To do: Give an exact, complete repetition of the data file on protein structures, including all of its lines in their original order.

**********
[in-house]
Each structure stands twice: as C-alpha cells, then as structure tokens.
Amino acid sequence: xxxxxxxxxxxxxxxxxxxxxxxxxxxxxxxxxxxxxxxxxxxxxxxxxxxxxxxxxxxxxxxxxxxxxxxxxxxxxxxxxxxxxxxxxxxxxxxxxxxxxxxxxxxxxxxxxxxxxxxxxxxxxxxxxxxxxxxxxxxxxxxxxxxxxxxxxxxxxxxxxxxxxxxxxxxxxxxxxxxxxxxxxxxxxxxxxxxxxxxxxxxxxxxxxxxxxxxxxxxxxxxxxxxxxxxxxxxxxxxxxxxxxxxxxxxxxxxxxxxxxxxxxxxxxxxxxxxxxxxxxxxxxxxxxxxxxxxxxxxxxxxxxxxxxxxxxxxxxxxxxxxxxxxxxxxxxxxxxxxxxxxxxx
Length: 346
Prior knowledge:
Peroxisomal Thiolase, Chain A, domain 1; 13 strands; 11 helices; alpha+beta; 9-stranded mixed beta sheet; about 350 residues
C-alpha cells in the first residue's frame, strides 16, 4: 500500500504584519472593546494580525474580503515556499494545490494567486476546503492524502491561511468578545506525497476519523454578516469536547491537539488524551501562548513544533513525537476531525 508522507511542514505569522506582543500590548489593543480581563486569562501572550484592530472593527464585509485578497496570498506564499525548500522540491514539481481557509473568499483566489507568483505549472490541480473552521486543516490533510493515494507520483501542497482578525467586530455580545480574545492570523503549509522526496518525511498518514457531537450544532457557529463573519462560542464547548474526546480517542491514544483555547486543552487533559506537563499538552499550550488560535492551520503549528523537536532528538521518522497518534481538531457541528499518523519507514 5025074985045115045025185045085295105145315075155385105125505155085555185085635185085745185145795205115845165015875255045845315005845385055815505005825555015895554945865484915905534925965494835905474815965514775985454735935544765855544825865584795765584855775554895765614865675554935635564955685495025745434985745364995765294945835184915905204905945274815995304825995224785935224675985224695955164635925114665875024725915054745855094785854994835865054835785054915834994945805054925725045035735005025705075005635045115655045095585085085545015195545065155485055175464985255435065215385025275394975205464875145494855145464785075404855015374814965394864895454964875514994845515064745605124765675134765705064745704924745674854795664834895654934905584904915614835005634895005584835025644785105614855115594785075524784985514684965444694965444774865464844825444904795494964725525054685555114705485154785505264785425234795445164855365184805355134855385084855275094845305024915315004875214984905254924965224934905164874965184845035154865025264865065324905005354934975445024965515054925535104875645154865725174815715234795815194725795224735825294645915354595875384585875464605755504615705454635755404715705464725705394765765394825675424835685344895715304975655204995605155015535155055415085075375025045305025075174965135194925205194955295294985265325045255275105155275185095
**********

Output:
[in-house]
Each structure stands twice: as C-alpha cells, then as structure tokens.
Amino acid sequence: xxxxxxxxxxxxxxxxxxxxxxxxxxxxxxxxxxxxxxxxxxxxxxxxxxxxxxxxxxxxxxxxxxxxxxxxxxxxxxxxxxxxxxxxxxxxxxxxxxxxxxxxxxxxxxxxxxxxxxxxxxxxxxxxxxxxxxxxxxxxxxxxxxxxxxxxxxxxxxxxxxxxxxxxxxxxxxxxxxxxxxxxxxxxxxxxxxxxxxxxxxxxxxxxxxxxxxxxxxxxxxxxxxxxxxxxxxxxxxxxxxxxxxxxxxxxxxxxxxxxxxxxxxxxxxxxxxxxxxxxxxxxxxxxxxxxxxxxxxxxxxxxxxxxxxxxxxxxxxxxxxxxxxxxxxxxxxxxxxxxxxxxxx
Length: 346
Prior knowledge:
Peroxisomal Thiolase, Chain A, domain 1; 13 strands; 11 helices; alpha+beta; 9-stranded mixed beta sheet; about 350 residues
C-alpha cells in the first residue's frame, strides 16, 4: 500500500504584519472593546494580525474580503515556499494545490494567486476546503492524502491561511468578545506525497476519523454578516469536547491537539488524551501562548513544533513525537476531525 508522507511542514505569522506582543500590548489593543480581563486569562501572550484592530472593527464585509485578497496570498506564499525548500522540491514539481481557509473568499483566489507568483505549472490541480473552521486543516490533510493515494507520483501542497482578525467586530455580545480574545492570523503549509522526496518525511498518514457531537450544532457557529463573519462560542464547548474526546480517542491514544483555547486543552487533559506537563499538552499550550488560535492551520503549528523537536532528538521518522497518534481538531457541528499518523519507514 5025074985045115045025185045085295105145315075155385105125505155085555185085635185085745185145795205115845165015875255045845315005845385055815505005825555015895554945865484915905534925965494835905474815965514775985454735935544765855544825865584795765584855775554895765614865675554935635564955685495025745434985745364995765294945835184915905204905945274815995304825995224785935224675985224695955164635925114665875024725915054745855094785854994835865054835785054915834994945805054925725045035735005025705075005635045115655045095585085085545015195545065155485055175464985255435065215385025275394975205464875145494855145464785075404855015374814965394864895454964875514994845515064745605124765675134765705064745704924745674854795664834895654934905584904915614835005634895005584835025644785105614855115594785075524784985514684965444694965444774865464844825444904795494964725525054685555114705485154785505264785425234795445164855365184805355134855385084855275094845305024915315004875214984905254924965224934905164874965184845035154865025264865065324905005354934975445024965515054925535104875645154865725174815715234795815194725795224735825294645915354595875384585875464605755504615705454635755404715705464725705394765765394825675424835685344895715304975655204995605155015535155055415085075375025045305025075174965135194925205194955295294985265325045255275105155275185095